Unfortunately, this protocol reminds me of a line Fake Steve Jobs once used to describe management at Apple: "Hold people to an impossibly high standard, but here’s the twist — don’t tell them what that standard is. And fire them if they fall short. You know what that does to people? It makes them crazy... Crazy people are more creative. And more productive."

I definitely agree with your argument. Given that the reports "rely on sophisticated statistical techniques that are valid, reliable and approved by experts," then they SHOULD be used to evaluate teacher performance and it's counterproductive to attempt to prevent principals from using this invaluable source of information. Right on.

Hey SB,

I should clarify that it's the NYC DOE's assertion that the Teacher Data Reports "rely on sophisticated statistical techniques that are valid, reliable and approved by experts," not skoolboy's. What I'm highlighting is the incongruity of the DOE making such an assertion while prohibiting the use of the reports for evaluating teachers. Currently, New York State law prohibits the use of student performance data in making teacher tenure decisions.

I think prohibiting the use of student performance data in making tenure decisions is ridiculous; but I am naturally skeptical about claims that a complex statistical model can isolate a teacher's contribution to student learning, and fear that the veneer of science -- "sophisticated statistical techniques that are valid, reliable and approved by experts" -- could elevate the influence of Teacher Data Reports and other value-added assessment systems beyond what the data can actually tell us.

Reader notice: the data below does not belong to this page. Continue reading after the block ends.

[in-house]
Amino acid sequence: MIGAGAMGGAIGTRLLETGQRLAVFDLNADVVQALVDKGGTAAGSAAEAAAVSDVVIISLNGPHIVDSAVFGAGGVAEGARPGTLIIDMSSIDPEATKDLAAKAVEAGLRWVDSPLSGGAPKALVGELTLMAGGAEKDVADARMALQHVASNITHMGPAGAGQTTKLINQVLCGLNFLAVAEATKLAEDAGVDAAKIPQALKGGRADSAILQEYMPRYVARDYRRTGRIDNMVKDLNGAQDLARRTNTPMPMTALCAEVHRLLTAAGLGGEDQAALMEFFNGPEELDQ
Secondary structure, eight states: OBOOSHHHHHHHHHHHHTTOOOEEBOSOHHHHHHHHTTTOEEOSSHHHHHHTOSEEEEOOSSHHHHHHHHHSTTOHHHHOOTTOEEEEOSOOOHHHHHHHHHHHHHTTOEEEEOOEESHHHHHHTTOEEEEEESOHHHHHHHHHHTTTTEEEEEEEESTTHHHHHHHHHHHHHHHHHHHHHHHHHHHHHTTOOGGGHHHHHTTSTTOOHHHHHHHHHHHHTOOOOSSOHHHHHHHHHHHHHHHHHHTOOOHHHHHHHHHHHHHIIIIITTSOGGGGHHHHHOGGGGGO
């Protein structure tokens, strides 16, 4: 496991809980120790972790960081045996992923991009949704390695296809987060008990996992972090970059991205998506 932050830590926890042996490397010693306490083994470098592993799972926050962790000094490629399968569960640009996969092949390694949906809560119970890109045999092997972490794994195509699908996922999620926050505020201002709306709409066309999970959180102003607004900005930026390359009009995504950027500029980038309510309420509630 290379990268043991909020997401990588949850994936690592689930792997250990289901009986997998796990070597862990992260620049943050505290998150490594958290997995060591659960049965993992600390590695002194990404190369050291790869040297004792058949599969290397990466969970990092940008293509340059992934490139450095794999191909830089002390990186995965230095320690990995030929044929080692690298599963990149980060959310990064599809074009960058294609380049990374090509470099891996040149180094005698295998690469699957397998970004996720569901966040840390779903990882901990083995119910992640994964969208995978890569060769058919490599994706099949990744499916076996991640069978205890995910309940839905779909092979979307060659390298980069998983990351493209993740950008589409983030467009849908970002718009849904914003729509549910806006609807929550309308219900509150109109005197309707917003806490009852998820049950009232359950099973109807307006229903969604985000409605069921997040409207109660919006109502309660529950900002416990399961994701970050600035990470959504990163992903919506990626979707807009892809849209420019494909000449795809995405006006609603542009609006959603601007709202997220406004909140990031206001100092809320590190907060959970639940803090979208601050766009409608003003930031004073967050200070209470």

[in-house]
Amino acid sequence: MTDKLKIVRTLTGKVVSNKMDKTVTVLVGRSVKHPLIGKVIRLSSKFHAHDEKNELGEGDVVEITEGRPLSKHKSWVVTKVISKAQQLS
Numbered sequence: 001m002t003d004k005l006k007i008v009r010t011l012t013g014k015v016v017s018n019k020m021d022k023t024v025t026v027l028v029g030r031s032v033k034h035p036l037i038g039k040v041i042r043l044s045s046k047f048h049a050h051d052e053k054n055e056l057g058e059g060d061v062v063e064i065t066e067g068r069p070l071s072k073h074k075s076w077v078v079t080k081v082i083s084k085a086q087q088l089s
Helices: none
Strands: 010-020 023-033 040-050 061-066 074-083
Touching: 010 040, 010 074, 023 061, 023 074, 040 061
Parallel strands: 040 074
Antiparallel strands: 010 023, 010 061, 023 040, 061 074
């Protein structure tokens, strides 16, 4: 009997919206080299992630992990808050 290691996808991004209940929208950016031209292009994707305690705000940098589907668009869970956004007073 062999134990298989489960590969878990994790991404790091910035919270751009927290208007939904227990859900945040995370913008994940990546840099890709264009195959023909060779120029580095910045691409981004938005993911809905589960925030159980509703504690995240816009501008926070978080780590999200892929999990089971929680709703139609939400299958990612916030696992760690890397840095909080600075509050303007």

I came here to say what you said in your last comment. We could add that it's very tempting to compare teachers with a reductionist metric that leaves you with a number when other measures seem more amorphous. That's one reason that college admissions officers are always in danger of leaning too heavily on GPA and SAT scores.

So, here's the question:

It seems like I've every expert in the field I've read says that evaluations like this one are deeply flawed. And yet the NYC DOE is claiming that a panel of experts have signed off on them. So, who are these experts that have done so?

Is there less consensus in the research community than I think, or are the people that Klein cites not actually experts? Or is there some other explanation?

According to the NYC website link you provided, this test data covers certain teachers in grades 5 - 8 on two subjects. What about all the other teachers of all the other subjects and grade levels?

Like Corey, I'd like to know specifically who are the "experts" that have signed off on these results and what methodology did they use to verify these findings?

Comments are now closed for this post.


Recent Comments

  • Renee Moore: According to the NYC website link you provided, this test read more
  • Corey: So, here's the question: It seems like I've every expert read more
  • Dan Willingham: Skoolboy I came here to say what you said in read more
  • skoolboy: Hey SB, I should clarify that it's the NYC DOE's read more
  • SB: I definitely agree with your argument. Given that the reports read more